Sunken Ferry Sewol Emerges From Water In Massive Salvage Operation

Salvage workers are pulling up a South Korean ferry that sunk almost three years ago killing more than 300 people, in one of the country's worst-ever maritime disasters.

In addition to searching for the bodies of the missing, there are also plans to form an investigation committee to better understand what caused the ferry to sink on April 16, 2014.

The ferry has been pulled up by the ministry and Shanghai Salvage, a state-run Chinese company, using a "tandem lifting" method, whereby two large jacking barges are pulling wires connected to 33 beams that were inserted under the Sewol when it was lying on its portside, 44 meters (144 feet) below the surface. The initial searches when the ferry sank nearly three years ago were hampered by strong currents and low visibility in the water, and two divers died while working on the search operations.

By about 7am, the ferry had been raised enough for workers to climb on it and further fasten it to the barges.

Relatives, some watching from two fishing boats just outside the operation area, hope those remains will be found inside. "I thought we finally can find the missing nine", Lee Geum-hee, the mother of a missing school girl, told a television crew.

"My Eun-hwa has been in that dirty place".

Officials reported that the vessel was raised 13 metres above the surface of the sea by late morning local time on Friday (March 24, 2017). "It was heart wrenching".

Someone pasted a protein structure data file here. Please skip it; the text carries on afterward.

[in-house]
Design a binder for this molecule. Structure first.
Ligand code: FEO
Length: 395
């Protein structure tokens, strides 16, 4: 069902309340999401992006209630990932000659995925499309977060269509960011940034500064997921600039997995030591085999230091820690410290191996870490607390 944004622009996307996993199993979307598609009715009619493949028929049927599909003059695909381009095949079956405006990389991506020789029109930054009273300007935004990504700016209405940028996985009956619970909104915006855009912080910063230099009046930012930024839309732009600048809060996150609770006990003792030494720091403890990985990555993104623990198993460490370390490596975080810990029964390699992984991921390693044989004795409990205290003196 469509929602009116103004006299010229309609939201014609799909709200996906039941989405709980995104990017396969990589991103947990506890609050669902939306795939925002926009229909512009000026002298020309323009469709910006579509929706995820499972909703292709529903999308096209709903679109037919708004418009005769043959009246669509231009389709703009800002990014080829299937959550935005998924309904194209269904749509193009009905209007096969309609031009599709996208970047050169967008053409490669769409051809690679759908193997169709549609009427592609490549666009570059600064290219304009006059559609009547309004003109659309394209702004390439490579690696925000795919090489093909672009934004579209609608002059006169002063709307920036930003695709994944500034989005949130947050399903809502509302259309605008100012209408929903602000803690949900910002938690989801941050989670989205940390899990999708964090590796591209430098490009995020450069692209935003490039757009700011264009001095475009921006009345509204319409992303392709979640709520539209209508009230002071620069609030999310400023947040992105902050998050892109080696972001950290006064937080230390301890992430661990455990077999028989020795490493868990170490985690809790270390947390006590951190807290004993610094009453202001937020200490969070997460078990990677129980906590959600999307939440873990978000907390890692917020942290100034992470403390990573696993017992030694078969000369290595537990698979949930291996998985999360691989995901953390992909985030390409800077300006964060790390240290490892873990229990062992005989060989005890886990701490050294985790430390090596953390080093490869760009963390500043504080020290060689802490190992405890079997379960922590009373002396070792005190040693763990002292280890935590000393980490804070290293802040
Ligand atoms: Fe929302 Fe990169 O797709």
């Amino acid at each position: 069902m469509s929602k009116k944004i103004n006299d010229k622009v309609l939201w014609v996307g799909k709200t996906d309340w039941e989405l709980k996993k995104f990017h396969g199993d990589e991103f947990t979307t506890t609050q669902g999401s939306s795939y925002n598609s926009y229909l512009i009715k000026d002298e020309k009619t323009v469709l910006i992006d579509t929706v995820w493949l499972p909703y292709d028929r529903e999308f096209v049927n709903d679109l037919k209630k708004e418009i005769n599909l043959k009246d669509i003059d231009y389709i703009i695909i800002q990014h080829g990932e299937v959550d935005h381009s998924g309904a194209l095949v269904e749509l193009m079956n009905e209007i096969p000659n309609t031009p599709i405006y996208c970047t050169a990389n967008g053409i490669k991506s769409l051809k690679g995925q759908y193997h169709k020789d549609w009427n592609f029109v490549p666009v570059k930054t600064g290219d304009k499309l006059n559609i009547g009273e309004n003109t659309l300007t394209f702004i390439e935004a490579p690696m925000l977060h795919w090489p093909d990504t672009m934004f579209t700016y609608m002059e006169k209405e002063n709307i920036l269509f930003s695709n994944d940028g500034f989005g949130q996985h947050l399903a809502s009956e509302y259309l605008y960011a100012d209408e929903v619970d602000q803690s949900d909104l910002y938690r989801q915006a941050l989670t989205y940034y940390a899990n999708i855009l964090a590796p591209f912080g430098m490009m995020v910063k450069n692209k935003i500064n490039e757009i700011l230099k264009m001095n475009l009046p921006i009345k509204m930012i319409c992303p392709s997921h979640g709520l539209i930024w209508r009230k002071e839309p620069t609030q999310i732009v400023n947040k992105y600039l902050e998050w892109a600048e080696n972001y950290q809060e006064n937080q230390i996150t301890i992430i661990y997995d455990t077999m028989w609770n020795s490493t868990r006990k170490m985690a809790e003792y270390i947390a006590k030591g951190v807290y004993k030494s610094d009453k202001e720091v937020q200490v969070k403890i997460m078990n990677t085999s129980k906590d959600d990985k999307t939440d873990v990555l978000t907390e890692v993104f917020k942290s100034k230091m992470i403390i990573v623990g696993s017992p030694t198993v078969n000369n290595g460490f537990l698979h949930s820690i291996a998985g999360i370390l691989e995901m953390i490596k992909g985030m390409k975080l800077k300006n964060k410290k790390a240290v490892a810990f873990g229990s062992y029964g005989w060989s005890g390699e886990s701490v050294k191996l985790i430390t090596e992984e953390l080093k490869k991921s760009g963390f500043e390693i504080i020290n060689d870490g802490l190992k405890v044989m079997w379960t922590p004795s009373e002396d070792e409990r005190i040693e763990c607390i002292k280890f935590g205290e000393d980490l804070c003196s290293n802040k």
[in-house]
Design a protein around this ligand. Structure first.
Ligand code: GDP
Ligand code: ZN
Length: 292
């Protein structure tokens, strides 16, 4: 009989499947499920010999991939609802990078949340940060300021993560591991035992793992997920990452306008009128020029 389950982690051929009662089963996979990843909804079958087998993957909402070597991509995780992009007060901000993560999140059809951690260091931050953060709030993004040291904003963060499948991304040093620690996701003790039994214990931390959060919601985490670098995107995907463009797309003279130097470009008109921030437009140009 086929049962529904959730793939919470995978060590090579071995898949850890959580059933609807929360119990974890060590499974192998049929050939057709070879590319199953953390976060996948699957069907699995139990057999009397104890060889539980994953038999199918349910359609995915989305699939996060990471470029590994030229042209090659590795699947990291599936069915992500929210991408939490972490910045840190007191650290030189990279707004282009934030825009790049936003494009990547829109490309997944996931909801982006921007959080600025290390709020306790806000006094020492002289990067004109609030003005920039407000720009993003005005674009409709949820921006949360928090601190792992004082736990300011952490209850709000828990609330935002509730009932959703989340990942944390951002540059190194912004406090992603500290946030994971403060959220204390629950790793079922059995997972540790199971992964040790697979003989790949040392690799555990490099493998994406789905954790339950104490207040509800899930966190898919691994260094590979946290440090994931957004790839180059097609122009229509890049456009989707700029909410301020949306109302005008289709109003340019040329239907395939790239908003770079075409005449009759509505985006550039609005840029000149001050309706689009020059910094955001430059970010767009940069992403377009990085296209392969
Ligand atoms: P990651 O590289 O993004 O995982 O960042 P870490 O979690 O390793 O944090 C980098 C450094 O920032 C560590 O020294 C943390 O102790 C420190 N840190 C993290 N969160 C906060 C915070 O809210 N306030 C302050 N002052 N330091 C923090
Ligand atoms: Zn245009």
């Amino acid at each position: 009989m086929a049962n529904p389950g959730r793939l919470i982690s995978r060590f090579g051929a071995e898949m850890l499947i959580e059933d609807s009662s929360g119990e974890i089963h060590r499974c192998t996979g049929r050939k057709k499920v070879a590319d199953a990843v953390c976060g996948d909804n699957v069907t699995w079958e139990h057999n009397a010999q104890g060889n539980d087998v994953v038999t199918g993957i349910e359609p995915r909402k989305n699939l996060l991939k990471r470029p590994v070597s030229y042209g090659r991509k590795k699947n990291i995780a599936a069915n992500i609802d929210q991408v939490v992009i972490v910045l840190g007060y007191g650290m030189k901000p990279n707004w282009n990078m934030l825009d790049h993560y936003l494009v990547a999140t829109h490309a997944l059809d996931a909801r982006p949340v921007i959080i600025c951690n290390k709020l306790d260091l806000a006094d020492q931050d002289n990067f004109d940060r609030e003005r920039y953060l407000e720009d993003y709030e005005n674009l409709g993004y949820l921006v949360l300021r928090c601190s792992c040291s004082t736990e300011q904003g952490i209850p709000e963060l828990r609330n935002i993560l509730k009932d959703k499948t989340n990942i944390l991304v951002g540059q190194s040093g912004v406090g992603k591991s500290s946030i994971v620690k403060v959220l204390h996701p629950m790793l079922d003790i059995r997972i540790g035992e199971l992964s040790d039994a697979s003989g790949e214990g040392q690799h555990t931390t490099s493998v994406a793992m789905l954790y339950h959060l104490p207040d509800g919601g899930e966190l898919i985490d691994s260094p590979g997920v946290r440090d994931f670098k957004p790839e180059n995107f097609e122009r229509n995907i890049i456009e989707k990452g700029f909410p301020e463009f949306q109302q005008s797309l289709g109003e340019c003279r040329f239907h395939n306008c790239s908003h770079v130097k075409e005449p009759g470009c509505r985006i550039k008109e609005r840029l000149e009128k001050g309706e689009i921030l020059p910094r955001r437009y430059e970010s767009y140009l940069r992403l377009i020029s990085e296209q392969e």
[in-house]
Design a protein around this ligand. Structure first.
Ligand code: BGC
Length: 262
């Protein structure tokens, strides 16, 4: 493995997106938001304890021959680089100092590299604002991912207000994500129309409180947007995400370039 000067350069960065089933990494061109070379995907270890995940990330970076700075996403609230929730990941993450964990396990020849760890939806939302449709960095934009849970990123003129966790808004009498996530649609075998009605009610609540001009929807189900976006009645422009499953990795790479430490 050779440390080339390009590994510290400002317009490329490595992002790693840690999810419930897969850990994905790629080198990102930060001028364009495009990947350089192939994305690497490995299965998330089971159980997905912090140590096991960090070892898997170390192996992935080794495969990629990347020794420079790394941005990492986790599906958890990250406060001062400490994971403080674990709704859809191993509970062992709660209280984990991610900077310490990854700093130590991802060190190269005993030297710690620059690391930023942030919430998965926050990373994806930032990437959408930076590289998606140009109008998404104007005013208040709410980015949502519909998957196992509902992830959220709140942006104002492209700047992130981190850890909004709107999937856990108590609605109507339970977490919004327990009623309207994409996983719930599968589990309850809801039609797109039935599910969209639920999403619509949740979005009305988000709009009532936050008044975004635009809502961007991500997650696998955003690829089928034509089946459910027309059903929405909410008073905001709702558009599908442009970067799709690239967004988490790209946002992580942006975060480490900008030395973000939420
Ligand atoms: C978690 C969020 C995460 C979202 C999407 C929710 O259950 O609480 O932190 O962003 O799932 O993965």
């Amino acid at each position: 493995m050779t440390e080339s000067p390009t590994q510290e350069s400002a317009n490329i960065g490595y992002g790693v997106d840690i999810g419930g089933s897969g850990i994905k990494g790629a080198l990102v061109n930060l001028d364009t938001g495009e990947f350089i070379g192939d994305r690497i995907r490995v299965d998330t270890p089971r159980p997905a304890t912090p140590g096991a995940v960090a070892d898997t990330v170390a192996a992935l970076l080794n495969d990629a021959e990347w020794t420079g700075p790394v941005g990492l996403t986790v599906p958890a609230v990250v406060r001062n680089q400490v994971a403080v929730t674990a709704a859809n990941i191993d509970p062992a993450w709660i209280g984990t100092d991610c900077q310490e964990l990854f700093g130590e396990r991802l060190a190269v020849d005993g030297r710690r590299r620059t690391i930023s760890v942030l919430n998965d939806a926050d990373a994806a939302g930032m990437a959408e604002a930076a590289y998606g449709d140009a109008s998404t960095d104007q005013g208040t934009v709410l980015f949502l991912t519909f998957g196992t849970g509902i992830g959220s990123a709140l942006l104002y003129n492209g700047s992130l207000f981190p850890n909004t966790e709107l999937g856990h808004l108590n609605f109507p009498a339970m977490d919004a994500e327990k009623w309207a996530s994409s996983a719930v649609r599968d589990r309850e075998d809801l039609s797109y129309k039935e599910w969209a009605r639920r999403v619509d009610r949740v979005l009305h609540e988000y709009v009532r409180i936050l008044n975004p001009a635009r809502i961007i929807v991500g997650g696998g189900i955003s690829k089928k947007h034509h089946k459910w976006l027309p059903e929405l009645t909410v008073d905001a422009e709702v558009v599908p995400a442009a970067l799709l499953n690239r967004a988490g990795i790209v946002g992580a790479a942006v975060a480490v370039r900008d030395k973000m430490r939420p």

A relative of one of the nine missing victims of the Sewol ferry sinking watches the salvation operation 3 kilometers (1.86 miles) away on a vessel provided by the government on Thursday. The whole process of salvaging and transporting the ferry to Mokpo may take some two weeks, according to the ministry.

SEOUL, South Korea (AP) - Salvage crews towed a corroded 6,800-ton South Korean ferry and loaded it onto a semi-submersible transport vessel Saturday, completing what was seen as the most hard part of the massive effort to bring the ship back to shore.

Some family members of the dead and missing watched the crews try to raise the ship.

Other bereaved family members gathered at Paengmok harbour, an hour away from the site, huddled in front of a small computer monitor for any updates to the salvage operation.

The captain of the ferry was found guilty of homicide in 2015 and jailed for life.

Ms Park was forced to defend herself against accusations that she was out of contact for several hours on the day of the sinking.

Her response to the disaster was again raised in recent months after she came under suspicion in the course of an investigation into a corruption scandal that led to her dismissal from office on March 10.

Salvaging the huge, corroded ferry from a channel notorious for unsafe currents has been a hard and expensive job.

A makeshift memorial to the ferry victims continues to be on display at Seoul's main thoroughfare, where hundreds of thousands of protesters gathered every Saturday to call for Park's ouster.

August 4, 2015: The government agrees to an 85.1 billion won ($73 million) deal with a Chinese-led consortium led by China's state-run Shanghai Salvage Co.to raise the Sewol.

  • Leroy Wright